How To Help Raise Disability Accessibility Issues in this Election – Read Our 2007 Election Action Kit



September 17, 2007


Help make voters with disabilities count in the October 10, 2007 Ontario election. We have two important goals:

1. We want the positions the parties and their candidates take on disability issues, including disability accessibility issues, to be a major factor for voters. This includes making Ontario fully disability-accessible. We need to get Bill 107 repealed. It privatizes the enforcement of human rights in Ontario. It took away discrimination victims’ right to have discrimination cases publicly investigated by the Human Rights Commission, and publicly prosecuted where there’s enough proof.

We also need to strengthen the implementation of the Accessibility for Ontarians with Disabilities Act (AODA). Its implementation in the past two years has been weak and ineffective.

2. We want this to be Ontario’s first barrier-free election. All people with disabilities should be able to fully participate in every aspect of this campaign including the vote itself.

In the past three Ontario general elections and in several by-elections, the disability community did a great job at the grassroots across Ontario raising disability issues. Building on that success, let’s make an enormous difference for those who have a disability today and for those who will acquire one in the future. That adds up to almost everyone!

In an election campaign, the media usually only focus on a few big issues, like health and education. We can’t buy millions of dollars of TV ads. Despite that, with your help, we can again wage an effective non-partisan grassroots campaign reaching voters one at a time. This kit gives practical tips on how to help.

Imagine – if every voter with a disability and every parent, relative or friend of a person with a disability, voted and also convinced two other people to vote. Imagine if each of these people informed their friends and neighbours about the importance of disability issues and why the parties’ positions on disability issues should influence how they vote. That will send a message to all parties that we have a strong voice and that we’ll use it.

This kit tells you the positions of the parties on key disability accessibility issues. It gives suggestions on how you can help. Be creative. Come up with your own ideas. Share them with us. We’ll circulate them. Contact us at:

The non-partisan AODA Alliance doesn’t endorse any party or candidate. Our goal is to spread information on these issues as widely as possible. This lets voters make an informed choice. Even when a party does not have a platform supporting us on a key issue, we can try to get their individual candidates to commit to our goals.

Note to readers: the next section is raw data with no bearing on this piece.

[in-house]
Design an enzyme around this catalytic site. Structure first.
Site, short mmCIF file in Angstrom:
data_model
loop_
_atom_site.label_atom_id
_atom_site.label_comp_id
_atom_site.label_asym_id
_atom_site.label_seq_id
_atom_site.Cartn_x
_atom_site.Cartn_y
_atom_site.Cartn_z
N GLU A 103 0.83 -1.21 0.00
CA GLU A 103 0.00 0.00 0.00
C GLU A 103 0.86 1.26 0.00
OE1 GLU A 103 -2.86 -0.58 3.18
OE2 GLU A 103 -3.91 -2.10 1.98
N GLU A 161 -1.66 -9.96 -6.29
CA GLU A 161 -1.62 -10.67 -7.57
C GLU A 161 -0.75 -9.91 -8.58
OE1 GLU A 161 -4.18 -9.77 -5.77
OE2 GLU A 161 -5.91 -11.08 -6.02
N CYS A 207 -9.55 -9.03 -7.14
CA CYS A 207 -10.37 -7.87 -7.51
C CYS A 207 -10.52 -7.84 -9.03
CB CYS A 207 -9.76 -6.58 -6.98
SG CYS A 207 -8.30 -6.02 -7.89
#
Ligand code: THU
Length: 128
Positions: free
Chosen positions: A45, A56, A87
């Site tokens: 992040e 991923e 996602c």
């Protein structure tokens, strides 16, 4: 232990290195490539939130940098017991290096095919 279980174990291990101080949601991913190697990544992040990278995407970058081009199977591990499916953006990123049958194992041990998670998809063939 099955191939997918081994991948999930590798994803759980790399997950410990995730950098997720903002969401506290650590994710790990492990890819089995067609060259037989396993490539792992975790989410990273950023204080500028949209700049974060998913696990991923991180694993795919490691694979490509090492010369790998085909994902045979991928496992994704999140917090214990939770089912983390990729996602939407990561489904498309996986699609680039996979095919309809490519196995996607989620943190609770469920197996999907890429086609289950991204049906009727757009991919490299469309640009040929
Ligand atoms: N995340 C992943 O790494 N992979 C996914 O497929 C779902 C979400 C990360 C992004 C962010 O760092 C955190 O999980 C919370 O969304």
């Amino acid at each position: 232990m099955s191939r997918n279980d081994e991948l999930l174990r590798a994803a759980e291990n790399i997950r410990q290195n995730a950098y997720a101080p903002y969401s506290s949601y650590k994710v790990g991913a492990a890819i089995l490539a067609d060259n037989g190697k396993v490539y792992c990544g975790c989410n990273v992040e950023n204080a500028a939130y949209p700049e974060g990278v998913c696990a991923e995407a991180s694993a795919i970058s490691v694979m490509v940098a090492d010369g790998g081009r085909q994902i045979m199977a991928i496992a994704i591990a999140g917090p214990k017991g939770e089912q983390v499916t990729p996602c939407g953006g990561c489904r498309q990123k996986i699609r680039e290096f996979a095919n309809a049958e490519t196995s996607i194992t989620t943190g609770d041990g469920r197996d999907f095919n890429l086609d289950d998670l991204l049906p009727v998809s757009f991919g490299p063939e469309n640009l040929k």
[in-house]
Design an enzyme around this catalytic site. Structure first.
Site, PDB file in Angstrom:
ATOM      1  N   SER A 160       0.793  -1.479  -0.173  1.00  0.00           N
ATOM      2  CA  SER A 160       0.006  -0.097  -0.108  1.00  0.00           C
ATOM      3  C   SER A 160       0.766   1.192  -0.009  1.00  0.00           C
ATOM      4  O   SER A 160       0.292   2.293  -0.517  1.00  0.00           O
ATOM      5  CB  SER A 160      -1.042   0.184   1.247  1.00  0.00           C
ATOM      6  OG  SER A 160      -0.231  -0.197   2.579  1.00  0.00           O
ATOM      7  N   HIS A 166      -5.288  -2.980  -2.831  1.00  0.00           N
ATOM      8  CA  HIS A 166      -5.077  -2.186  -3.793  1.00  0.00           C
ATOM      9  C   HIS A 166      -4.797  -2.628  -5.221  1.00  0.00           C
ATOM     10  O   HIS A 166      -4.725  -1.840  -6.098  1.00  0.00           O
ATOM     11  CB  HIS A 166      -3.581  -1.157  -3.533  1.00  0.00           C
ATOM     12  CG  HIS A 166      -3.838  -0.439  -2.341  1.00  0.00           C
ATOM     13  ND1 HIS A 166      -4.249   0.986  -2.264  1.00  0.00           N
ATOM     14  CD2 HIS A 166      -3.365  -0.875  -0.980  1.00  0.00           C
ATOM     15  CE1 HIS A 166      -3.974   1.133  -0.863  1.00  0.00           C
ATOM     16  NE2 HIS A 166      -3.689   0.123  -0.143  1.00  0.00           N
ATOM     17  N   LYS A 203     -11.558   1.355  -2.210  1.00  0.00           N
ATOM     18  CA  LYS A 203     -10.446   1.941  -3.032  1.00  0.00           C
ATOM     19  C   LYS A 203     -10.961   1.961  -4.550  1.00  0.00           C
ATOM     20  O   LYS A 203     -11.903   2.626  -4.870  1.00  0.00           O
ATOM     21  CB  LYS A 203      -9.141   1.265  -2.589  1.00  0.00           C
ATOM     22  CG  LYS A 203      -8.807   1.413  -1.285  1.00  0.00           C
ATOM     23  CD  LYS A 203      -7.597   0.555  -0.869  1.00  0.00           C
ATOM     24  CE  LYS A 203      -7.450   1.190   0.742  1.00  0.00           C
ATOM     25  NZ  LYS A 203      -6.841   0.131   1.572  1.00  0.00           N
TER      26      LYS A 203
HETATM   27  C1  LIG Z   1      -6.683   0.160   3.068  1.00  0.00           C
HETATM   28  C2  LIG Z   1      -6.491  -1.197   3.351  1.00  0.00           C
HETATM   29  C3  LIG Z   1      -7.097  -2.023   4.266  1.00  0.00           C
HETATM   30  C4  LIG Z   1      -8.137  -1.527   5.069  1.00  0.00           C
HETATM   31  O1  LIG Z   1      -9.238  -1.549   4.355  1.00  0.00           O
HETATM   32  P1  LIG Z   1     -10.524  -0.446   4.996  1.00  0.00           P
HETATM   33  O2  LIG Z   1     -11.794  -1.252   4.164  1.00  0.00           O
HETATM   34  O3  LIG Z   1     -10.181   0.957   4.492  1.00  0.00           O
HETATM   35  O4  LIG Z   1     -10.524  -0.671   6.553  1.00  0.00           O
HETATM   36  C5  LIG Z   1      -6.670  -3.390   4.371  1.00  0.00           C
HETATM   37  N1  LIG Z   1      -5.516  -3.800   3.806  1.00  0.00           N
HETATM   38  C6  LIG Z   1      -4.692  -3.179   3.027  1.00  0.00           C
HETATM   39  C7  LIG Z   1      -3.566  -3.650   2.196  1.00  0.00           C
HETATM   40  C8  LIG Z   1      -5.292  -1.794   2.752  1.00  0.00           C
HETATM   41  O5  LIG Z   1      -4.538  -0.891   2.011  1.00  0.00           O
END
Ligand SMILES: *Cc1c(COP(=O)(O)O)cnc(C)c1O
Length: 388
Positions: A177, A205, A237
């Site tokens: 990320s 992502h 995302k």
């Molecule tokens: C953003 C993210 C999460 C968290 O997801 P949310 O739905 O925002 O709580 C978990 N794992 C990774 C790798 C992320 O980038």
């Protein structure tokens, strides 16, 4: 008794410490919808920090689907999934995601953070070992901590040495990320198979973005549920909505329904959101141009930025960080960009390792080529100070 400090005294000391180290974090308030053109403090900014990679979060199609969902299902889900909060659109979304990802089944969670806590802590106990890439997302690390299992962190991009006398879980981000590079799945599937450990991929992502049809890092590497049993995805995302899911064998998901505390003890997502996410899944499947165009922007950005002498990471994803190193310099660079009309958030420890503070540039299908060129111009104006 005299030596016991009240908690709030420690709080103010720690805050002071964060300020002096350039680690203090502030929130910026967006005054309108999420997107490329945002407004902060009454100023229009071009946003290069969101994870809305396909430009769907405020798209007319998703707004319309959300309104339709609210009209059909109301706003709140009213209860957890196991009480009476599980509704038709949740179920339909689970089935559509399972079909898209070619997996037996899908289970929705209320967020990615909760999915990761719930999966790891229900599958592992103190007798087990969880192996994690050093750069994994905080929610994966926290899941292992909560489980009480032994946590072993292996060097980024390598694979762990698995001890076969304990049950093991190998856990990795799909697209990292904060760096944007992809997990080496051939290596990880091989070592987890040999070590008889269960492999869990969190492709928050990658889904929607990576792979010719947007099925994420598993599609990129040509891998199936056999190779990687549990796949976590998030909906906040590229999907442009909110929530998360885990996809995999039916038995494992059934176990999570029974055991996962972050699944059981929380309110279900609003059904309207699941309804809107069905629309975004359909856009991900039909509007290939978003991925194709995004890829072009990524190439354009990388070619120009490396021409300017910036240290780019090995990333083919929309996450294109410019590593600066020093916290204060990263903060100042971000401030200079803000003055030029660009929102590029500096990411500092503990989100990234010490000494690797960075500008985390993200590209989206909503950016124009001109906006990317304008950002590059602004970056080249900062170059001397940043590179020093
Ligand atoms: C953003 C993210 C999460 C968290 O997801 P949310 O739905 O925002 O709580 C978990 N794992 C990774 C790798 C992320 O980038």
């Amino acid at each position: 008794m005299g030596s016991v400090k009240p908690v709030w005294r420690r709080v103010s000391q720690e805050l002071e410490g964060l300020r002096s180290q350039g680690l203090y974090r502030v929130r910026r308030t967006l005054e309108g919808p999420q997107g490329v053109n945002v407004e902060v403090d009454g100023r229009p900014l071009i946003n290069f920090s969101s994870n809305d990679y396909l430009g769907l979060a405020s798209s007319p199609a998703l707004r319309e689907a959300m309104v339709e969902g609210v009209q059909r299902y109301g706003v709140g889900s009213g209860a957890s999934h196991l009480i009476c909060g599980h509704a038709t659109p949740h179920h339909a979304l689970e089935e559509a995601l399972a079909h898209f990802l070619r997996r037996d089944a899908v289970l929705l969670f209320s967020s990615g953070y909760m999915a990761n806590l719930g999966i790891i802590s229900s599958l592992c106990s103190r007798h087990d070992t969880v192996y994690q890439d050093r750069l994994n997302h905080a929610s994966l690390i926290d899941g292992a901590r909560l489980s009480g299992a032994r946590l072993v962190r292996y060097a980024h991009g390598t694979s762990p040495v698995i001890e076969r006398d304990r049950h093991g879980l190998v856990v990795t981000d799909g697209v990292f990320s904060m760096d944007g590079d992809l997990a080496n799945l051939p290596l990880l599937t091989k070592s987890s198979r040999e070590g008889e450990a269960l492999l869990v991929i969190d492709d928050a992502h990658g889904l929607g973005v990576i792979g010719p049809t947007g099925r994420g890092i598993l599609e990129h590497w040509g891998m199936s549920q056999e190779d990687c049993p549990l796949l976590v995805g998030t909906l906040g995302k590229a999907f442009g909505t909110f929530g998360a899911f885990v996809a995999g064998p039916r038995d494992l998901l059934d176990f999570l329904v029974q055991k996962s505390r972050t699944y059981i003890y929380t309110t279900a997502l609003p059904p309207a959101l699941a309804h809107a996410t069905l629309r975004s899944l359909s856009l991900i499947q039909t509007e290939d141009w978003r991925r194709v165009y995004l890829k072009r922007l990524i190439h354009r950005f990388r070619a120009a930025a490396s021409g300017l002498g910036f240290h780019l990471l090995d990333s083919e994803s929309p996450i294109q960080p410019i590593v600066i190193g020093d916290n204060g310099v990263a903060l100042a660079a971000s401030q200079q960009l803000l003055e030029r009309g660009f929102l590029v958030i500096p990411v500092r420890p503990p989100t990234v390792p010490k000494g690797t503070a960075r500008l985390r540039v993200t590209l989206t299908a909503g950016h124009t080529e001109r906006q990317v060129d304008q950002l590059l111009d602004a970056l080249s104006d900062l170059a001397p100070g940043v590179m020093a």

Like everyone, Ontarians with disabilities want to go out with friends, go to school, get jobs and participate in all aspects of life. In 2005, after our tenacious decade-long campaign, Ontario finally got a new law, the Accessibility for Ontarians with Disabilities Act (AODA). However its implementation over the past two years has been toothless and very disappointing.

For example, a 2006 Human Rights Tribunal ruling gave the Toronto Transit Commission 30 days to start announcing all bus stops to assist blind passengers. At the same time the McGuinty government is circulating a proposal under the AODA that would let other cities stall 18 years before providing this obvious, simple accommodation.

This means we must repeatedly fight discrimination cases one barrier at a time, and one organization at a time, all over Ontario just to get the same access we won in Toronto. With the new Disability Act we weren’t supposed to need to do this.

What’s worse, last year the McGuinty Government passed the widely-criticized Bill 107. Many, including many from the disability community, opposed Bill 107.

Before Bill 107, discrimination victims had the right to have the Human Rights Commission publicly investigate their discrimination cases, and publicly prosecute them if there’s enough proof. Under Bill 107, discrimination victims must investigate and prosecute their own human rights cases.

The McGuinty Government promised free lawyers for all discrimination victims. Yet its under-funded new Legal Support Centre can’t provide lawyers in all cases.

In this election we asked the three parties to commit to

* overturn and repeal the widely-criticized Bill 107, in order to fully restore the Human Rights Commission, including our right to a public investigation of discrimination cases, and to a public prosecution of the offender when there’s enough proof, and